Trump’s record on health care is largely his administrative actions — and those are most vulnerable to being undone by the courts or the incoming Biden administration. Many of his most significant achievements already appear to be at risk.
The Trump administration approved, for the first time in history, Medicaid work requirements in several states, conditioning a person’s eligibility for health insurance on whether they are working or looking for work. But those requirements were blocked by the courts, which questioned whether they met Medicaid’s objectives as it quickly became clear that thousands of people would lose coverage.
The Supreme Court will hear a lawsuit challenging Medicaid work requirements in the coming year, and legal experts actually believe there is a chance the conservative-leaning high court will side with the lower courts and block work requirements from taking effect. Alongside the Obamacare case, the justices could spell the end to another one of Trump’s health care priorities.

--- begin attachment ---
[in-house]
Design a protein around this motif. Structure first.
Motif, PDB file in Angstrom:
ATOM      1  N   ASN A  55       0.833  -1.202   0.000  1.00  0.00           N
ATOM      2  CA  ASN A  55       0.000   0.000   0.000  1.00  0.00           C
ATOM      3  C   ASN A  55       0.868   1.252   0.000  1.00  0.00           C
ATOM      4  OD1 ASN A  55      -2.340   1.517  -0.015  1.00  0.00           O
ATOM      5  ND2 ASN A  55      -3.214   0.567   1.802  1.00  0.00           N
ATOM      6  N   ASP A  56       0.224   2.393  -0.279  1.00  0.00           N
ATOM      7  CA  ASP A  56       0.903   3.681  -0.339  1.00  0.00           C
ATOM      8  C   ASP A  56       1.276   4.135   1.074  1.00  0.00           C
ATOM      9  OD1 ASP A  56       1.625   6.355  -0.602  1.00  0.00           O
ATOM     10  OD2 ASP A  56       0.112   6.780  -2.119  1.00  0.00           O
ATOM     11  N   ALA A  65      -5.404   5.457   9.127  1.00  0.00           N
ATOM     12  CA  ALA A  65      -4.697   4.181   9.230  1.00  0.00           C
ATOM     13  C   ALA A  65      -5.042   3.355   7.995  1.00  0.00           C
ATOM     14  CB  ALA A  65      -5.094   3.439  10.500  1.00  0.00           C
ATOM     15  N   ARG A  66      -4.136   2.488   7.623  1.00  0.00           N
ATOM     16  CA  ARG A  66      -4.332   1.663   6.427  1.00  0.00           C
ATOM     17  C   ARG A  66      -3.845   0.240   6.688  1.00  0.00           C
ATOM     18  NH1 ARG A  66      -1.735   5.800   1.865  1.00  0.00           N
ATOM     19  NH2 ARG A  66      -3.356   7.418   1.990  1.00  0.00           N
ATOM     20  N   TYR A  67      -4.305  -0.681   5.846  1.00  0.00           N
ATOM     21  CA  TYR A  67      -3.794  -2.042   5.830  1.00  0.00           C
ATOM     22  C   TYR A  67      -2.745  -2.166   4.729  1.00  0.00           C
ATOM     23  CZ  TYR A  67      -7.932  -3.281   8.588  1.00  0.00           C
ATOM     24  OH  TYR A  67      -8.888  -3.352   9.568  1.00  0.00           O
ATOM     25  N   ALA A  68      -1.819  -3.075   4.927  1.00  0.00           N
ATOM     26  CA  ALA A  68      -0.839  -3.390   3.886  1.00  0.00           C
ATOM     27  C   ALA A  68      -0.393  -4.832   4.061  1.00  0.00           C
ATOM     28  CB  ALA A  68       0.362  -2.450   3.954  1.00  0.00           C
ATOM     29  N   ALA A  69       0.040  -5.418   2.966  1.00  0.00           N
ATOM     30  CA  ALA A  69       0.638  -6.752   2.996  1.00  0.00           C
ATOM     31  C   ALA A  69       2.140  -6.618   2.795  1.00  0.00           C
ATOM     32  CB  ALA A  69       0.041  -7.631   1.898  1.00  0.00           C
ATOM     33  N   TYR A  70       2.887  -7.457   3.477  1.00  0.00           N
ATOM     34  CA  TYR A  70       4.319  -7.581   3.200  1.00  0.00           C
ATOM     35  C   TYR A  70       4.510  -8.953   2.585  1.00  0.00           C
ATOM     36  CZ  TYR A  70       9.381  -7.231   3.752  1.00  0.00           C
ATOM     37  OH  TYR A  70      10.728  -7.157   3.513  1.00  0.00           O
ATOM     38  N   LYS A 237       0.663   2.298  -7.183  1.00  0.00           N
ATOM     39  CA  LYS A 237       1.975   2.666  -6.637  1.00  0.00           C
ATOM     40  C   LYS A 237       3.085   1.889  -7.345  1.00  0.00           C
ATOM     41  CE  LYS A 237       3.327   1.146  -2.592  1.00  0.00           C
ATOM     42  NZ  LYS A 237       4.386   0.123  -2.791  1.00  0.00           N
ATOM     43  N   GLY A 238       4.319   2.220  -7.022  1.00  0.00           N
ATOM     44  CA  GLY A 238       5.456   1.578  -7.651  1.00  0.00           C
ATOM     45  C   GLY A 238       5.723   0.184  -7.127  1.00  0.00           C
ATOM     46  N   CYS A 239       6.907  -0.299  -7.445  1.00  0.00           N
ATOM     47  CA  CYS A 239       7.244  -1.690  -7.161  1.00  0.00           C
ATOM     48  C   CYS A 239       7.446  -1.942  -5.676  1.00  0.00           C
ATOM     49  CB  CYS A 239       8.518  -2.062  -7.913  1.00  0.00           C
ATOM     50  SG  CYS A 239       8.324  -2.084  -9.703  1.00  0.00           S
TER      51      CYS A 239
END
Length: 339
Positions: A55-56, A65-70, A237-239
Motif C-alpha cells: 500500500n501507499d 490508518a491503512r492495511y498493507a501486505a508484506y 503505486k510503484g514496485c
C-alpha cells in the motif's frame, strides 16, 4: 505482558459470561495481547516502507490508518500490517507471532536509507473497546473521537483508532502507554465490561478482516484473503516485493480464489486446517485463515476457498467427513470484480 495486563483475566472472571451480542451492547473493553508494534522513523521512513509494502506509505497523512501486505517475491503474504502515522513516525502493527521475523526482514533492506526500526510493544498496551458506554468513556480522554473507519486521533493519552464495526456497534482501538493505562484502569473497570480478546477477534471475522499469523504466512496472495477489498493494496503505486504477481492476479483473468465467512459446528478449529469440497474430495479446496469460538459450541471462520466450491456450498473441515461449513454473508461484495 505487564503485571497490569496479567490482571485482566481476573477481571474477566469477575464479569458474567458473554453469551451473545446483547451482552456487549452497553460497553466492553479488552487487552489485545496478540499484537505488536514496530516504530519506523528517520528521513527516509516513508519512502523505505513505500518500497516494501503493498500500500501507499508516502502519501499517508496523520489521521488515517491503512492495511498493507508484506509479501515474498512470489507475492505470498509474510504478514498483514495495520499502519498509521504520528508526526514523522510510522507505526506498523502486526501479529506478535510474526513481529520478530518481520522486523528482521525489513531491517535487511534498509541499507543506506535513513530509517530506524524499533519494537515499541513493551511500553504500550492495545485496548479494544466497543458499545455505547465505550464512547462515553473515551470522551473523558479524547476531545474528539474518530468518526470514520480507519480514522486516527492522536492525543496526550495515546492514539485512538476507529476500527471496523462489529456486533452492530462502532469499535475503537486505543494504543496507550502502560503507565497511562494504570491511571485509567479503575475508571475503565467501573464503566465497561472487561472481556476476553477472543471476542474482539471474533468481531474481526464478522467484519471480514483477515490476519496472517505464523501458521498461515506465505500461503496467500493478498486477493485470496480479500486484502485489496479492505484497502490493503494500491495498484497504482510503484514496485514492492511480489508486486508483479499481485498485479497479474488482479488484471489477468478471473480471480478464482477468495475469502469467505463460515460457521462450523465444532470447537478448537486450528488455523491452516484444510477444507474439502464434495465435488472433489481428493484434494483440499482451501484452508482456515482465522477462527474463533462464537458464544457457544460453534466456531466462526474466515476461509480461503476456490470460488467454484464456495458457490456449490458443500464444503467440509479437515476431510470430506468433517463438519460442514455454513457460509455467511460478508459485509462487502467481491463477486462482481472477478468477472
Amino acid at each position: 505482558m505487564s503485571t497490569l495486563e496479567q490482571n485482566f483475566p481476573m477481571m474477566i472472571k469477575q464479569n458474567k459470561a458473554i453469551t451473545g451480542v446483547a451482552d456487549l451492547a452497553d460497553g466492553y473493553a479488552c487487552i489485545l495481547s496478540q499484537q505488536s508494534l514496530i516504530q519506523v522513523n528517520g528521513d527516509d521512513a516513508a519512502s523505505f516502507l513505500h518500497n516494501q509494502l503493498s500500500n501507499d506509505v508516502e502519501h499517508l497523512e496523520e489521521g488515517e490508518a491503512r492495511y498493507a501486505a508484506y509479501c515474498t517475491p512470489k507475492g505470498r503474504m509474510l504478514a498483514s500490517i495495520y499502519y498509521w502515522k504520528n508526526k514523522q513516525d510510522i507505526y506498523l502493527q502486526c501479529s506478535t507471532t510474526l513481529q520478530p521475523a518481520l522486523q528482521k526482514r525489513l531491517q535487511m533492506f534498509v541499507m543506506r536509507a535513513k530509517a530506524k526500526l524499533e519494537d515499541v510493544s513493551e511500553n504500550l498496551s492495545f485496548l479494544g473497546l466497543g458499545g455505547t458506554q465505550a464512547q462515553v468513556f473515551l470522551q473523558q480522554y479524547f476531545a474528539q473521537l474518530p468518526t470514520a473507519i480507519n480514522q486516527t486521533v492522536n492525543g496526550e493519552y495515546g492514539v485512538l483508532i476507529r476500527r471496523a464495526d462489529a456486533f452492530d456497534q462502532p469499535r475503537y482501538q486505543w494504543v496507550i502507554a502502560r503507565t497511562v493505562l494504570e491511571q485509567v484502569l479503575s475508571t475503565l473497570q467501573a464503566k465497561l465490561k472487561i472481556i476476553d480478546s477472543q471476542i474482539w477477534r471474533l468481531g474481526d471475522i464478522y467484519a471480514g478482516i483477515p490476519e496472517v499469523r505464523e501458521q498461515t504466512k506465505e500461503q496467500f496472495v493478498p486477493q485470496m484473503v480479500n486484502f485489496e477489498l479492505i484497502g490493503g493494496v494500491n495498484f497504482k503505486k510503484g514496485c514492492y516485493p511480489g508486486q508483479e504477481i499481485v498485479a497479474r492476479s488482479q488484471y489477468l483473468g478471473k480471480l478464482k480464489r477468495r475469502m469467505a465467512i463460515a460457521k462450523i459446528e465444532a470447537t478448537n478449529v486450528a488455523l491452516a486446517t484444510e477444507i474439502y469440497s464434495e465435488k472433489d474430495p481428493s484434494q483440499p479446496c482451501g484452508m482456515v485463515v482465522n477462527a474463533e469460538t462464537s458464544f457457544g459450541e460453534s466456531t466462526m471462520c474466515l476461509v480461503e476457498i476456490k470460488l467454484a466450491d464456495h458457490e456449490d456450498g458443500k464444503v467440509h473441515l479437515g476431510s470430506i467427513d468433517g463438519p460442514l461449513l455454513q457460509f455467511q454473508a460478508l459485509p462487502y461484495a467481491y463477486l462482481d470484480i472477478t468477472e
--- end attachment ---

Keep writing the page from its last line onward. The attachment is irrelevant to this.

A sense of desperation clearly kicked in during the final months of Trump’s term. Trump’s No. 2 health official, Seema Verma, worked overtime in the final days of the administration to ensconce some of the administration’s agenda for Medicaid. A waiver to establish Medicaid spending caps in Tennessee, also known as block grants, was approved, as were waivers proposed by conservative governors in Tennessee and Florida.
The problem, according to experts, is that these Medicaid waivers are approved at the discretion of the federal government. The Biden administration is not going to be friendly toward work requirements or block grants. Verma has tried to put in place procedural barriers to unwinding these last-minute approvals, but the consensus of experts is that Biden should be able to reverse them, though it will surely take time and a lot of paperwork.
Some of Trump’s other actions — such as cutting Obamacare outreach funding — can be nixed with the stroke of a pen. Others, like various plans to cut drug prices, have been proposed but never finalized as regulations and therefore will not actually take effect unless Biden takes them across the finish line.